Computer programs (or, if you're a journalist, "algorithms") don't actually know anything about anything, they're just mouthy digital dickheads who'll serve up something they think looks like information. They don't even know what information IS.

(my credentials for talking about mouthy dickheads as though I'm an expert: I've run a web game for twelve years and teched pinball tournaments for five. I know every kind of dickhead there is. I'm a dickheadologist.)


I know this is a shit non-solution but millionshort allows you to take out the largest websites (twitter, facebook, pinterest etc) from google search results and in doing so improves the experience marginally

@Alonealastalovedalongthe Removing no sites put "Top 10 best cross cut sled reviews of 2021 best for consumer" at 9th position, removing sites just bumped it higher up the rankings.

I think the problem here is both that twenty-odd big websites dominate internet traffic AND that Google is shit :P


Yah definitely :(

I also used to try to put "forum" into searches to hopefully get forum post results since they tended to have more content but smaller forums seem to be an endangered species too

@ifixcoinops god, those were a thing at one point? society needs those badly

@snailerotica I've been on the internet long enough to remember when you HAD to get your site in DMOZ if you wanted good search engine rankings.

In my table saw example there'd be a guy who took care of the table saw info section and decided what webpages would make it in or not, and he actually owned a table saw and know how to use one.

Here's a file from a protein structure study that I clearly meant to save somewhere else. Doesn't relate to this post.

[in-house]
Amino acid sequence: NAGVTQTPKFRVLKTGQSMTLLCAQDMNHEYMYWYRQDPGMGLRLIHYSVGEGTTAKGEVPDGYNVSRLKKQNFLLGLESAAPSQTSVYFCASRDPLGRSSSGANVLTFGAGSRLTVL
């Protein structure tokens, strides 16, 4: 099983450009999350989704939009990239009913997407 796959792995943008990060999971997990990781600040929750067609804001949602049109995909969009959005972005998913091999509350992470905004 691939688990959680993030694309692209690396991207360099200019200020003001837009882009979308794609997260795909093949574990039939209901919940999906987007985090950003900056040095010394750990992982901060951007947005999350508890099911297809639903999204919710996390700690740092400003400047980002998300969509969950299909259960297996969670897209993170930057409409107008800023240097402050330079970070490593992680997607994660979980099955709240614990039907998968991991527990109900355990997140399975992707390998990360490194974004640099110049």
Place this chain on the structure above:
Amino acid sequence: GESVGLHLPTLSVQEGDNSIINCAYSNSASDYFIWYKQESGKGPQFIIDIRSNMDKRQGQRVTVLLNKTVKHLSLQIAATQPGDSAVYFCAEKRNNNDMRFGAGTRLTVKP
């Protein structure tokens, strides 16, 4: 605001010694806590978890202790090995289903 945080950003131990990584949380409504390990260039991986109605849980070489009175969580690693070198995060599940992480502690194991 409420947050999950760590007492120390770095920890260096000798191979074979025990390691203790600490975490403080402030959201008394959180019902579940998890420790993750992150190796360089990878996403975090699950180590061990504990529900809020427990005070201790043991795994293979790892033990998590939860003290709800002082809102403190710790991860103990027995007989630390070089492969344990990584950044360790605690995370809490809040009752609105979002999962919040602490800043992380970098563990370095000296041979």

@ifixcoinops I literally misread the very first sentence due to a missing comma and my mind went on a brief but fun adventure.


I'd love it if there was a way to filter out search results that have Amazon affiliate links...

is it just me or are they really creeping up on DDG lately?

@ifixcoinops it's such a broad field of study, and yet somehow one which is self-similar at nearly every level...


> If you don't know anything about a subject and someone asks you about it, the best thing to do is either say "I don't know" or keep your gob shut

"that would be an ecumenical matter."

@ifixcoinops My favorite experience along these lines was when I told someone that I was into harsh industrial noise music and he said "Oh, I know a band you might like. Ever hear of Evanescence?"

@sinvega Remember link mold? Sites that used to contain useful information until the domain expired and got bought up by someone else, and now it's just one page of five or six adsense links and the title "What you need, when you need it."

Those were an IMPROVEMENT over what we've got now. You could at least recognize them and click away instantly.

@ifixcoinops @sinvega 2021 mood: AOL and Yahoo! were good actually and Time Warner and Google (resp.) shouldn’t have killed them

@ifixcoinops This what happens when you have to create content for machines to evaluate. And Google has convinced the whole marketing industry it is necessary.

Think of all the “digital marketing” jobs that would be lost if we depended on human curation! /s

@ifixcoinops human curated web directories? You mean the citations part of a Wikipedia page? :-P

Yes, but Christ searching through your browser history is even worse ;)

@ifixcoinops this whole thread is a big mood. Even though I'm pretty good at searching it's still just super frustrating.

Related/unrelated several senior members of my current department were part of that early attempt to catalog the web and their reflections are about what you'd expect -- overwhelming